Does the survival of the African penguin lie in sperm banks?

2018-12-22 09:03
Ayoba, one of the African penguin sperm donors. (Photo supplied, Two Oceans Aquarium)

Ayoba, one of the African penguin sperm donors. (Photo supplied, Two Oceans Aquarium)

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Test-tube babies for African penguins?

Penguin sperm banks?

Sounds far-fetched. But a researcher at the University of the Western Cape has taken the first step towards in vitro fertilisation of these threatened birds.

"That's my dream, to be able to do that for these threatened African penguins. It's never been done before for this species and that is my goal," said Patrick Siyambulela Mafunda.

His doctoral thesis has laid the foundation. Mafunda spent two years developing a protocol to preserve African penguin sperm, using semen from two penguins at the Two Oceans Aquarium.

"The African penguin is Africa's only penguin species and it is listed as an endangered species. So if we don't come up with good plans to conserve these animals, they'll be extinct soon,” Mafunda said.

While there have been many studies done on the conservation of this species, there were none on the reproductive biology.

"We needed to understand the reproductive biology if we are going to help preserve the species, especially if we want to do in vitro fertilisation eventually.”

WATCH: Penguins caught in fishing nets, malnourished & thrown overboard find solace in CT

Mafunda's two sperm donors were Ayoba and Agape, whose home is Cape Town's Two Ocean's Aquarium.

It's a tricky business, dealing with penguins, as they can give a mean "bite" and use their claws to scratch.

The first part of the research was to describe the histology and ultra-structural features of the birds' testes and ovaries, which Mafunda did from dead penguins from Sanccob rehabilitation centre in Tableview.

"Some of the penguins had to be euthanised because they were too weak to survive in the wild."

The next part of the research was to find out when they breed, to collect semen and to find a way to preserve it for future insemination. Mafunda had to take blood samples from the penguins' feet for hormonal profiles, and collect fresh faeces, which involves waiting around and then grabbing the penguin poo as soon as it lands.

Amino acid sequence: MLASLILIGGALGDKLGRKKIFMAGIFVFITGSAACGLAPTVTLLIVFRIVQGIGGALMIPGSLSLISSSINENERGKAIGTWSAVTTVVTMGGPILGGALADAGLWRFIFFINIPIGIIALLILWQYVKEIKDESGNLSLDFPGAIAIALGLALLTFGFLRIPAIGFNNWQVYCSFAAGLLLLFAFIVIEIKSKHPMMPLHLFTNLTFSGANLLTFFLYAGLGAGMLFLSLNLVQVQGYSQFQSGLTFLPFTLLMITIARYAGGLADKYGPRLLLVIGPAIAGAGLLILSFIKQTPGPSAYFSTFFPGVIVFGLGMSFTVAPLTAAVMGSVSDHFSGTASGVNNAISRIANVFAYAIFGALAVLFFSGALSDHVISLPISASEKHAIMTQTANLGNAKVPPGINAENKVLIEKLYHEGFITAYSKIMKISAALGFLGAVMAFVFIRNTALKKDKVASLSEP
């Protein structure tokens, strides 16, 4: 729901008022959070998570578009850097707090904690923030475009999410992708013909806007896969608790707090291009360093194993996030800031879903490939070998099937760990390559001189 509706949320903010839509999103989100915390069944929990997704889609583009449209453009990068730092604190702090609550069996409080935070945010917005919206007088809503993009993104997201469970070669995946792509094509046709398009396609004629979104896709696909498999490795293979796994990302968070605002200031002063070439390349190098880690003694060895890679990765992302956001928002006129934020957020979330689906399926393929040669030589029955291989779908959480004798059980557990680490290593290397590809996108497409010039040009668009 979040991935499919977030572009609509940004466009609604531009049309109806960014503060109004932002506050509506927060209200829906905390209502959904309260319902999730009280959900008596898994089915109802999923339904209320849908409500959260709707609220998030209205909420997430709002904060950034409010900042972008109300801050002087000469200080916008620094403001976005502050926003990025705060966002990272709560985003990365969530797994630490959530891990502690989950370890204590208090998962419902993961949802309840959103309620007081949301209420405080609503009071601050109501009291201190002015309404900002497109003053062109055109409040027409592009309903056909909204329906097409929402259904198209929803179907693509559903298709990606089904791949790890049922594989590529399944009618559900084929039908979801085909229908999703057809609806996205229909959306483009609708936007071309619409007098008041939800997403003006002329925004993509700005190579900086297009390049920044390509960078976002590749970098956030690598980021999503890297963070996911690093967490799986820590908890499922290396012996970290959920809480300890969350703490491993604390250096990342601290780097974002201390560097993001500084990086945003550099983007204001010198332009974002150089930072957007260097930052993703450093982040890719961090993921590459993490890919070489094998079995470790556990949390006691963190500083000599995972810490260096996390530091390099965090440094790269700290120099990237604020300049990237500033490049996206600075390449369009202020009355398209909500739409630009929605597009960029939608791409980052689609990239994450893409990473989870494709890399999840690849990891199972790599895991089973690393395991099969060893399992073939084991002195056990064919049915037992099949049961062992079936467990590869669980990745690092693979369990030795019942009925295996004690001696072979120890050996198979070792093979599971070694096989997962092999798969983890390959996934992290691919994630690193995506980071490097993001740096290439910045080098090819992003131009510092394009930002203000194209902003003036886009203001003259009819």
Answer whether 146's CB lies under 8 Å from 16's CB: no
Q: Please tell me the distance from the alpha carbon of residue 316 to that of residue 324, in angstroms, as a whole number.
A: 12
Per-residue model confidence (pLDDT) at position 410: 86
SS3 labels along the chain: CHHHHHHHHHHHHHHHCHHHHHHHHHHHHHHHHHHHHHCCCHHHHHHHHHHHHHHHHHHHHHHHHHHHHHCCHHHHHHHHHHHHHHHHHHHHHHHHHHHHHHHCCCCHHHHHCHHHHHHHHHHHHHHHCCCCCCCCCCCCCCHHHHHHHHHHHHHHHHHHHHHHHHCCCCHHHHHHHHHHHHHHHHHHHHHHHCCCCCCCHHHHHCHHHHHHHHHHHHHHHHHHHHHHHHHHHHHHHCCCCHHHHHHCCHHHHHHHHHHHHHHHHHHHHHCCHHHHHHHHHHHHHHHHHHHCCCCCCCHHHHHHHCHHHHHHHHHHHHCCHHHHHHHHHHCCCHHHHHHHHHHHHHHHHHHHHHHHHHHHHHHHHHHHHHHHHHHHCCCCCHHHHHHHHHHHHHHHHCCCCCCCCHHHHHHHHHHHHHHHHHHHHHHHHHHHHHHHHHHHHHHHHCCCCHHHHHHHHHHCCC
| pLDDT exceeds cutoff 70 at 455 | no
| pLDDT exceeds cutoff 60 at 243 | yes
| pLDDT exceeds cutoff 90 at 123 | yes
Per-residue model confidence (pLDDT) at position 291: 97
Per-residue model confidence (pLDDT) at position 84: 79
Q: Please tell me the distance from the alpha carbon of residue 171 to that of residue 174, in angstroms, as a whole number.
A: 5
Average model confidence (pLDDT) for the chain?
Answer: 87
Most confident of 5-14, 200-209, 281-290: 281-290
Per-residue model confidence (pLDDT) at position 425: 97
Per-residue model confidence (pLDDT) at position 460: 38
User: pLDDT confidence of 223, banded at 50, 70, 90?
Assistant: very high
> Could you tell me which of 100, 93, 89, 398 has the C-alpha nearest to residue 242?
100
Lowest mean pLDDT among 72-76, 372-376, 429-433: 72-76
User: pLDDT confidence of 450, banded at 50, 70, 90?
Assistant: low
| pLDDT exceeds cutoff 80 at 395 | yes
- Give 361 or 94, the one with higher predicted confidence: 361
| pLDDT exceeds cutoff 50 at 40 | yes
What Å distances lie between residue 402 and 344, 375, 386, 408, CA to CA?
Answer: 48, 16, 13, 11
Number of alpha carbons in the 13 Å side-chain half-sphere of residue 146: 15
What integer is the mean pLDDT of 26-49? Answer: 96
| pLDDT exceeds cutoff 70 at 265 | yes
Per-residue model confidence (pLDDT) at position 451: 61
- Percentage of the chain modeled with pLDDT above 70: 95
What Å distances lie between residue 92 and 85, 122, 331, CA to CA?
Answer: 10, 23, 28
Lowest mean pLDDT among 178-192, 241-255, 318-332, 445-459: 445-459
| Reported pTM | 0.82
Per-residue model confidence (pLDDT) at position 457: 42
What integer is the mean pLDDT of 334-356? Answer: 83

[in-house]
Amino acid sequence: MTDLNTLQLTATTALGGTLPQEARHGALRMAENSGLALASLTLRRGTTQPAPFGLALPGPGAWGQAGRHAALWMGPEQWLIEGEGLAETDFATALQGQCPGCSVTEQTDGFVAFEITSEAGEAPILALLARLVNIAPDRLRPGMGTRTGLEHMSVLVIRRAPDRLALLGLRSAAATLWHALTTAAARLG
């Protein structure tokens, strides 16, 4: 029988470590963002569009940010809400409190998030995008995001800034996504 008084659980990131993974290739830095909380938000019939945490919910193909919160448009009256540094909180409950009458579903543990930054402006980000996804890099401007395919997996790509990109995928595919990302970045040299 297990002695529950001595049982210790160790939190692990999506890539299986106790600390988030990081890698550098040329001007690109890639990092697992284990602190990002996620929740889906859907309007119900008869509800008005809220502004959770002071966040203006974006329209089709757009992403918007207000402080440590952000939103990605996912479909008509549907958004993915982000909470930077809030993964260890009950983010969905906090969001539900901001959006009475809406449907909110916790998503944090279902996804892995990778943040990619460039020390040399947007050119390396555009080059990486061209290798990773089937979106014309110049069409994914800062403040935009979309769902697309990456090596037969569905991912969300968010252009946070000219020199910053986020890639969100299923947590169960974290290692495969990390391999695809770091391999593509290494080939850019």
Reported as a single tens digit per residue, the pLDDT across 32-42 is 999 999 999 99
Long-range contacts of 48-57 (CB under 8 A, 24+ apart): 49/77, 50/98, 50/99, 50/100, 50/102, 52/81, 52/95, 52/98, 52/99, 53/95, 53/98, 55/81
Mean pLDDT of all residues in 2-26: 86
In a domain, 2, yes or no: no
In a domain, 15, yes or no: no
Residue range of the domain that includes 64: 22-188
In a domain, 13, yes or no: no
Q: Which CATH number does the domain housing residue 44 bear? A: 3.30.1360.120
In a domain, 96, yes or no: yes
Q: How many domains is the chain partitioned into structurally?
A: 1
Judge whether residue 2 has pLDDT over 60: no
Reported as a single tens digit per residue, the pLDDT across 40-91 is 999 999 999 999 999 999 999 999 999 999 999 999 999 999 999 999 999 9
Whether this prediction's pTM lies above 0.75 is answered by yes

Breeding seasons

The penguins have two breeding seasons: a short season in January and February, and a longer one from August to November.

Getting the sperm involved a particular type of abdominal massage. This Mafunda did not do himself as in order to reduce stress on the birds, it was important that it was done by one of the aquarium staff who the penguins knew and saw daily.

"So I trained them in the massage technique. The penguins became very friendly then, they enjoyed it. Generally, the African penguin is not friendly."

Once he had the semen in a specimen jar, Mafunda had to rush back to his laboratory at UWC as quickly as possible for analysis. But there was another obstacle in his way: the Fees Must Fall protest action that led to universities closing at times.

"For two years, Fees Must Fall action would occur at the same time as the penguin breeding season, making it very difficult to get my work done. January was chaos. I was so frustrated, because to do this research I had to have a lot of samples."

In the end, he managed to get enough to carry on with the project.

penguin

Agape, one of the African penguin sperm donors. (Photo supplied, Two Oceans Aquarium)

"I am very happy with the results. We developed a way to preserve semen and to create a biobank. That is important because if the species numbers drop even more, and in vitro fertilisation becomes an option, this research has provided a foundation for other areas of research."

Mafunda, whose background is in medical bioscience, comes from the small town of Matatiele in the Eastern Cape, near the Lesotho border.

WATCH: Penguins put best foot forward in daily parade through aquarium

"It was always my dream to move into research, but I did not really pay much attention to natural environment. Then, when I was reading a government publication, I came across an article about a biodiversity management plan, and read that the African penguin is the only one on the continent, and I became interested."

From that, he developed his thesis topic.

"Now that I've got to understand more about the environment, I realise why it is so important to teach people about it, because there are just so many threats - plastic pollution for instance."

The African penguin occurs in Namibia and South Africa. In historic times, numbers were estimated to be around one million birds, but those numbers have since plummeted. Reasons include reduced food availability around breeding colonies, predation by seals and kelp gulls, and oil spills.

Researcher Rob Crawford recorded a collapse of penguin numbers in South Africa from about 56 000 breeding pairs in 2001 to 21 000 pairs in 2009 – a loss of 35 000 pairs (more than 60%) in just eight years.

Read more on:    cape town  |  animals
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